In addition, officials clarified details on the explosives found at the couple’s home when they executed a search warrant, saying there were 19 pipes present, though not all may have been functional pipe bombs. The killers had “gone down the dark path of radicalization,” he said, but there was no evidence they were part of a larger conspiracy or were directed by an overseas terror organization. The soon-to-be terrorists both gave a deadpan look for a photo as they moved through customs at Chicago O’Hare International Airport in July 2014, the image obtained by ABC News showed. With IS claiming responsibility and evidence mounting that Farook had multiple online and personal interactions with suspected extremists, there are sufficient grounds to assume this was an attack organised by the IS.

Meanwhile, most of the county’s 20,000 employees went back to work for the first time since the rampage five days earlier plunged the community into shock and mourning. The photo shows Malik’s first moments on US soil, as Farook had travelled to Saudi Arabia two weeks earlier to bring her back to America after they met online. The shooters attempted to destroy their digital footprint, according to sources who say digital equipment left behind from the mass shooting was smashed.

And the Republican who heads the House Homeland Security Committee is pushing a national commission to tackle thorny issues of technology and encryption. FBI computer forensics analysts in Orange County in California and at the FBI lab in Quantico, Virginia, will now try to reconstruct and extract any digital information they can. Johnson, speaking at a Washington forum hosted by the national security news organization Defense One, said officials must adopt “a new system that has an intermediate level” of warning, rather than relying on the existing National Terrorism Advisory System, a 4-year-old initiative that has never been triggered. IS has declared the birth of “Wilayat Khorasan,” or the Khorasan Province, spanning parts of the country once known as the centre of al Qaeda’s activity.

Later on, the media were granted access to the California home, where they rushed in and went through personal effects, which included photo IDs and a wide array of documents and photographs — in addition to the couple’s baby toys. Among the items spread out on a bed were a Social Security card, driver’s licenses, bank statements, credit cards and a selection of business cards from Kaiser Permanente, Century 21 and UnionBanc, among many others. It will be up to Pakistan to simultaneously maintain the successes of Operation Zarb-e-Azb, tackle terrorism in the mainland and prevent IS from gaining a foothold in Pakistan.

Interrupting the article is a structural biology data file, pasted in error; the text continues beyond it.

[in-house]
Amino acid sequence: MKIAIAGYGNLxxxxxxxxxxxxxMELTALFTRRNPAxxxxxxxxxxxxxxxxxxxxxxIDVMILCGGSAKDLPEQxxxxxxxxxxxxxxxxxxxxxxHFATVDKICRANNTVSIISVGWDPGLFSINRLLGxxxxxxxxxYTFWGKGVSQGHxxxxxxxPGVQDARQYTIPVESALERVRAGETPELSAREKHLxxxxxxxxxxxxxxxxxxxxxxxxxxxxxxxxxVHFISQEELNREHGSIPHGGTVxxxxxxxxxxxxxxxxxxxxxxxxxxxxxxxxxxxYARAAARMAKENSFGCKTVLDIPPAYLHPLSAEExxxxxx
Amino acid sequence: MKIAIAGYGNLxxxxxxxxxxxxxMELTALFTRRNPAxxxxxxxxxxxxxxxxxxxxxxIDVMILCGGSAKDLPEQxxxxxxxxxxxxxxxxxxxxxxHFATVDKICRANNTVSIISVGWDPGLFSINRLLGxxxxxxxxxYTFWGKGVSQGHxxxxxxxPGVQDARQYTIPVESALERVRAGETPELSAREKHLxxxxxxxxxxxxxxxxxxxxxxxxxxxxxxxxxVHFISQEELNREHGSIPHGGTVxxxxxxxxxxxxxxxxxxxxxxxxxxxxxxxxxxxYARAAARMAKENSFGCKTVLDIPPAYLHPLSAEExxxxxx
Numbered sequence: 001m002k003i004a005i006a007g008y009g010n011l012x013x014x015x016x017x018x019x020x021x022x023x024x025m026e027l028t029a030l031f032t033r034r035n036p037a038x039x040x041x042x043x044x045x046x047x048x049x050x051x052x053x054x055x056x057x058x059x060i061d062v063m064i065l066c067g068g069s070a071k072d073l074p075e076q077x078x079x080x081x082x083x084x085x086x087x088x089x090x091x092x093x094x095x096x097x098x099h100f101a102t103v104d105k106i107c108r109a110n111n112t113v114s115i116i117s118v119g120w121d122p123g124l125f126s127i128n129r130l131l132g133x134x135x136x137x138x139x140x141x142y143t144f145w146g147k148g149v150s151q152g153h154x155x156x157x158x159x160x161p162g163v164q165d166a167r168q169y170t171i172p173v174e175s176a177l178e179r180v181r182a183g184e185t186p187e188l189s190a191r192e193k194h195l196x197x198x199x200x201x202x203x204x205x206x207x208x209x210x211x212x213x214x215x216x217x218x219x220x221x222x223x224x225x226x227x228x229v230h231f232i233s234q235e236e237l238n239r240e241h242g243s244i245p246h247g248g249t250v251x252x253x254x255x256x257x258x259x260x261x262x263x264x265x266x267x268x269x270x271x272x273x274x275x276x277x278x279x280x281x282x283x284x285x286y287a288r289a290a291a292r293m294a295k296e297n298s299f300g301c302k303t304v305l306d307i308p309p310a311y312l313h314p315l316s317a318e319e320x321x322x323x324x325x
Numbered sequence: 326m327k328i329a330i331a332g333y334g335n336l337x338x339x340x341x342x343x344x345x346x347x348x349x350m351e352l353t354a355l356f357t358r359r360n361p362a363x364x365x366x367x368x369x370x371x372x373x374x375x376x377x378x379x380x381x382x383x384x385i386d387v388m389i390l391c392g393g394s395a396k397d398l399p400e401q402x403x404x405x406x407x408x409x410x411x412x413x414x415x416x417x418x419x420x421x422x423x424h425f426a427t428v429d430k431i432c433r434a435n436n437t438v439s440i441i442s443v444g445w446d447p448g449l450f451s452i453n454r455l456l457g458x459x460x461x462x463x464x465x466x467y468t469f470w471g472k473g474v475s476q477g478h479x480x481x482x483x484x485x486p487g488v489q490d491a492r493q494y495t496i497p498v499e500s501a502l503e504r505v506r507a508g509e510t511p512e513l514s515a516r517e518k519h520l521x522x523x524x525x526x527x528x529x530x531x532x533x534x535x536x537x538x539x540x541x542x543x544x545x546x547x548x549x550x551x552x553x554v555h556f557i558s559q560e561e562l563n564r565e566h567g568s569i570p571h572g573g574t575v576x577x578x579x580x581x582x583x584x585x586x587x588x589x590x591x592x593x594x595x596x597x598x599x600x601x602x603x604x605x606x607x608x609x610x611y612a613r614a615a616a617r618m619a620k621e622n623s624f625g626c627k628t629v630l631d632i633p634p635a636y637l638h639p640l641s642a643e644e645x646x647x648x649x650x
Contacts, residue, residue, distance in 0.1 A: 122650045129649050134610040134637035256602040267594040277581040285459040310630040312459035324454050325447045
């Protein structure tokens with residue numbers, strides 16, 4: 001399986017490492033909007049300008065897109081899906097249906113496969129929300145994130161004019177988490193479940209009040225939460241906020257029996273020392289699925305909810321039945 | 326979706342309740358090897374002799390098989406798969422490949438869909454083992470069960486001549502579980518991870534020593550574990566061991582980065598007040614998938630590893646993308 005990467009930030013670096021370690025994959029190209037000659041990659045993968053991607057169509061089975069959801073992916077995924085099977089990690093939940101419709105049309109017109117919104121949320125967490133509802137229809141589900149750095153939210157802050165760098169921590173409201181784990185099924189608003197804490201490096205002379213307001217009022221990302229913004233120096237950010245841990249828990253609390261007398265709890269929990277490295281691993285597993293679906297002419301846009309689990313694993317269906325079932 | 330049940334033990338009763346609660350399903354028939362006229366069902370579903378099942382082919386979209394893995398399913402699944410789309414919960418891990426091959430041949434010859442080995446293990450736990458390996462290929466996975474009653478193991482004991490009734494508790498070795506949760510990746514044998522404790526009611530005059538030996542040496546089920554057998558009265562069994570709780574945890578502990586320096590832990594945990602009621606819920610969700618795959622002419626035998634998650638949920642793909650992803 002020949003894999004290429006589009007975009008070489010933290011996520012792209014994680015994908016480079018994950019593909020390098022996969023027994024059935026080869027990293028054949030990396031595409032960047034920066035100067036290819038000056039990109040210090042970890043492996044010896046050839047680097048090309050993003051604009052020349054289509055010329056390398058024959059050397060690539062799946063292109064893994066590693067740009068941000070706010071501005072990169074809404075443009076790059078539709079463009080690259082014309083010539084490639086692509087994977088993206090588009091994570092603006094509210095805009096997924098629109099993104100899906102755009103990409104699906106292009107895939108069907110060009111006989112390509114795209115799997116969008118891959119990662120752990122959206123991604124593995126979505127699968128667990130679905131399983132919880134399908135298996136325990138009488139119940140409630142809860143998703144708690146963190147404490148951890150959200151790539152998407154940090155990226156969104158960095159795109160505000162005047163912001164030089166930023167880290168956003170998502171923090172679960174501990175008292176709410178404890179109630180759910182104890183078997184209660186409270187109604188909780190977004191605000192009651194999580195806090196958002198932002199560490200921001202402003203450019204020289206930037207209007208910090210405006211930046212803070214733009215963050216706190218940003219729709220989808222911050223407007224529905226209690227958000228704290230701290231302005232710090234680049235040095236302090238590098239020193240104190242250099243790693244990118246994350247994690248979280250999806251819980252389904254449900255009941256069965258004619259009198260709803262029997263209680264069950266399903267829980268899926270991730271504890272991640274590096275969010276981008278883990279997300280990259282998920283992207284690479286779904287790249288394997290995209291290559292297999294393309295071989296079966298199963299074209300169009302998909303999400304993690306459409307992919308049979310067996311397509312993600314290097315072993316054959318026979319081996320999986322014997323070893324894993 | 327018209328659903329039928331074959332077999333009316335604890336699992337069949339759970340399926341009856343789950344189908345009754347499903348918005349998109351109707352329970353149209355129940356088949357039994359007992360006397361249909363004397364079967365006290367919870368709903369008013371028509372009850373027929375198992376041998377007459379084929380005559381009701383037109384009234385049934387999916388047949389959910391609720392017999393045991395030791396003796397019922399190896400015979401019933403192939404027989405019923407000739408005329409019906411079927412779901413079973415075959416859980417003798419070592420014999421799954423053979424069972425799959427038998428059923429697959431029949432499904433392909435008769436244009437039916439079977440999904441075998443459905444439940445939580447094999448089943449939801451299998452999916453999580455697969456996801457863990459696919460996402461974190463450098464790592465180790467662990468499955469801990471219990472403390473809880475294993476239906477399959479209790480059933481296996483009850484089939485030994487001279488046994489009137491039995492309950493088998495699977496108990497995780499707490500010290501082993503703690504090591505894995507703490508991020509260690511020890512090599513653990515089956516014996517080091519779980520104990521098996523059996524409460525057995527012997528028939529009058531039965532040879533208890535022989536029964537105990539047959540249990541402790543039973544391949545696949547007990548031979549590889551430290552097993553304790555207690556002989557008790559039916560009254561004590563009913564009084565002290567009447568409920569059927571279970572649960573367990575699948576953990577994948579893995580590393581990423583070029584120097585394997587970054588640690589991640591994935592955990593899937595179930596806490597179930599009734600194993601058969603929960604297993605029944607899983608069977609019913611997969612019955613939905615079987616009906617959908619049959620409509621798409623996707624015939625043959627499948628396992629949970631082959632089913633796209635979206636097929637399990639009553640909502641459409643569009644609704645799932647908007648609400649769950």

His decision to speak in prime time reflected the White House’s concern that his message on the recent attacks hasn’t broken through, particularly in the midst of a heated presidential campaign. On Capitol Hill, stand-alone security legislation will likely be hard to pass before year’s end, but some measures could be folded into the must-pass spending bill to be released this week.

He announced no significant shift in U.S. strategy and offered no new policy prescriptions for defeating IS, underscoring both his confidence in his current approach and the lack of easy options for countering the extremist group. Meanwhile, Republican presidential candidate Donald Trump has called for a “total and complete shutdown of Muslims entering the United States,” an idea that prompted one of his rivals to call him “unhinged.” The proposed ban would apply to immigrants and visitors alike, a sweeping prohibition affecting all adherents of Islam who want to come to the US.

Among other things, the House bill would bar anyone who had traveled to countries including Syria or Iran in the last five years from using the program. The House Foreign Affairs Committee plans to vote Wednesday on legislation directing the Obama administration to lay out a policy to counter terrorists’ use of social media. In the Senate, Commerce Committee Chairman John Thune (R., S.D.) expects to release Tuesday a bill tightening procedures for vetting and credentialing airport workers with access to secure areas. But Homeland Security secretary Jeh Johnson said villifying and casting suspicion on American Muslims would threaten counterterrorism efforts and is un-American. The administration intends to make other changes, including expanding screening by U.S. officials at foreign airports and boosting outreach with Muslim leaders.

Counterterrorism experts say many of the proposed moves may help, but none on their own would eliminate the risk of people carrying out terror assaults in the U.S., particularly “lone wolf” attackers. “I think we have to do everything we can,” said Jessica Stern, a terrorism expert who co-wrote the book “ISIS: State of Terror.” “Is that going to solve the problem?